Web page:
Michael Sarafa, president of the Associated Food Dealers of Michigan, is reportedly calling on Michigan’s Office of Financial and Insurance Services (OFIS) and the State Legislature to look into practices of insurance companies in the aftermath of the Blackout of 2003. Sarafa said that some insurers of Southeast Michigan retail food establishments are stalling on payment of claims.
“Apparently they are saying that the blackout was equipment failure and not a disaster and therefore they may not be obligated for damages,” Sarafa added, referring to the blackout that occurred on Aug. 14 and affected cities from the Eastern Seaboard to the Midwest.
Sarafa will testify at a Michigan Senate Technology and Energy Committee hearing regarding this matter on Wednesday, Sept. 17.
Vic Ventimiglia, owner of Vic’s Market on Southfield Road in Beverly Hills, reportedly said that his insurance company – Ohio Causality – has put a hold on his claim until the cause for the blackout is determined.
“They’re telling me that if someone threw a switch, then it’s not covered,” said Ventimiglia. “If it was a lightning bolt or some natural cause, then they’ll honor the claim.” Ventimiglia reportedly submitted a claim for $67,000 in lost perishable merchandise. “I have receipts for everything we’re claiming and the Department of Agriculture as a witness to our losses,” he added.
George Krcek, comptroller for PizzaPapalis restaurants, which operate 10 company-owned stores in Southeast Michigan, reported that his insurance companies have taken a wait-and-see approach. “Due to the fact that we have multiple policies with multiple carriers, I’ve been involved with five different claims adjusters and four companies,” said Krcek, adding that some insurance companies have initially indicated that they may cover some food spoilage, but they cannot yet determine whether they will cover business interruption losses. “Depending on what they classify as the source of the power outage, will determine the extent of business interruption coverage. Everyone is dancing around the issue, because they don’t want to admit liability. Everything is in limbo,” Krcek added.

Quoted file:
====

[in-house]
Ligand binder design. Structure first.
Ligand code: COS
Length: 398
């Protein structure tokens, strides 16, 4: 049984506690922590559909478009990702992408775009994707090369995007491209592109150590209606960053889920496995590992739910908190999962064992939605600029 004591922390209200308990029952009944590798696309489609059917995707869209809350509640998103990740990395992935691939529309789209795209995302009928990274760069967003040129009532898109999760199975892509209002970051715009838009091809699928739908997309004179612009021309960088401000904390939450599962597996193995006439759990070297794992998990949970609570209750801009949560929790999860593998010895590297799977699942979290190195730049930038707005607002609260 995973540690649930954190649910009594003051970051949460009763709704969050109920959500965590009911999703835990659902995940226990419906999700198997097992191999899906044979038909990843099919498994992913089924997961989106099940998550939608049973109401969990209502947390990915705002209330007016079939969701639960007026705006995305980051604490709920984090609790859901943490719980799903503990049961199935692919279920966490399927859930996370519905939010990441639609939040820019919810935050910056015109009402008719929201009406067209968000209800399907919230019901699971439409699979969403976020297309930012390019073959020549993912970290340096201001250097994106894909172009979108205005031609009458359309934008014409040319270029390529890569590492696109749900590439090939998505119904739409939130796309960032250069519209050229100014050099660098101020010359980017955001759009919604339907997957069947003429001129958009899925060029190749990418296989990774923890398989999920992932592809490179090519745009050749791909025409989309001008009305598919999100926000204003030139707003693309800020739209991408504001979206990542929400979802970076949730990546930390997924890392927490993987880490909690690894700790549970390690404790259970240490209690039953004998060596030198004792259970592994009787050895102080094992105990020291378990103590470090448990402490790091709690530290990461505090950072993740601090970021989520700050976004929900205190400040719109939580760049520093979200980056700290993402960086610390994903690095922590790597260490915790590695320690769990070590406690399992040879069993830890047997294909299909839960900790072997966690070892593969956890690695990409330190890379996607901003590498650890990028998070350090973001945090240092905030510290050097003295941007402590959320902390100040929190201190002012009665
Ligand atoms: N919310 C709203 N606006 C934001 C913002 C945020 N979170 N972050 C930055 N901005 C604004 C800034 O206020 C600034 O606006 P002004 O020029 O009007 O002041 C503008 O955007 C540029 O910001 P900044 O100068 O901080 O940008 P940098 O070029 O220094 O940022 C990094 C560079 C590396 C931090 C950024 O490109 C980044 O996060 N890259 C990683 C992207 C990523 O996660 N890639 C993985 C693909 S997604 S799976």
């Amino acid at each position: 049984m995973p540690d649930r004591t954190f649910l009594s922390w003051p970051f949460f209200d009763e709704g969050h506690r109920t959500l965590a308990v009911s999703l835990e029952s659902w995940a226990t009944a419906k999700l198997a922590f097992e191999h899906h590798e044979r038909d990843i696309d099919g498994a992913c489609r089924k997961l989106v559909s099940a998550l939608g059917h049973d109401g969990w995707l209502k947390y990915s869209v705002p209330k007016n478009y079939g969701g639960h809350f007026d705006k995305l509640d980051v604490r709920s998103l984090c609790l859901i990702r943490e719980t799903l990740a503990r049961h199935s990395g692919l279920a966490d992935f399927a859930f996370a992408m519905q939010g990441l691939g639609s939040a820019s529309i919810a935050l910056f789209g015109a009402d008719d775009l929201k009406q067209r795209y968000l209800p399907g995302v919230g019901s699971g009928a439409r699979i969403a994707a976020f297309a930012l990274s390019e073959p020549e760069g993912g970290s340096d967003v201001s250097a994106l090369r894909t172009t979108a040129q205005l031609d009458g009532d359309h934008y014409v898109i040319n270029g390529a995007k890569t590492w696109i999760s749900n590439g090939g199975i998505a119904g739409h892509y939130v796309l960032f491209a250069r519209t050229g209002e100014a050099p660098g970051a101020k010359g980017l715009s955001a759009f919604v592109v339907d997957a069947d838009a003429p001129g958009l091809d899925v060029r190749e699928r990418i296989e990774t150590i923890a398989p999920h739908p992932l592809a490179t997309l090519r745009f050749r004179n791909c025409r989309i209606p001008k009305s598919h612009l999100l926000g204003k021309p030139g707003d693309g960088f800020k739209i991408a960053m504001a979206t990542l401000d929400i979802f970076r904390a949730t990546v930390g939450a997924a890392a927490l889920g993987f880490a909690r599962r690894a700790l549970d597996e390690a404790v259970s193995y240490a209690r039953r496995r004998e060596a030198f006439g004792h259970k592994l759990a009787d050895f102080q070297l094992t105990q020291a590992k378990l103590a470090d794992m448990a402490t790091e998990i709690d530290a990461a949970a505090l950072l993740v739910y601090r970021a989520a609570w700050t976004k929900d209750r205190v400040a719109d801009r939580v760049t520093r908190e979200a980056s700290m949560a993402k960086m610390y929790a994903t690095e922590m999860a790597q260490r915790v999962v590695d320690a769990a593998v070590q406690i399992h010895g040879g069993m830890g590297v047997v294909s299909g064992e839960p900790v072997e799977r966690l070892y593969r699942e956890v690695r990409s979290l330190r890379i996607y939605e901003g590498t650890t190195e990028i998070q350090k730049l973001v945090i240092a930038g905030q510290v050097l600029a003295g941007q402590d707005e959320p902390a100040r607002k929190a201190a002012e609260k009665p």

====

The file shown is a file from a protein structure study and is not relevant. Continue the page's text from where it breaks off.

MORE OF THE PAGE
“Waiting to determine the cause of the outage is creating hardship for the retail food industry. Obviously the blackout was not the fault of the stores that are awaiting responses from their insurance carriers,” Sarafa stated. He continued by warning that, “If the insurance companies do not step up to their responsibility, we will begin to see more small businesses go without any coverage at all, calling into question the integrity of the entire system.”
The Associated Food Dealers of Michigan represents nearly 3,000 retailers, wholesalers, distributors and manufacturers throughout the state.
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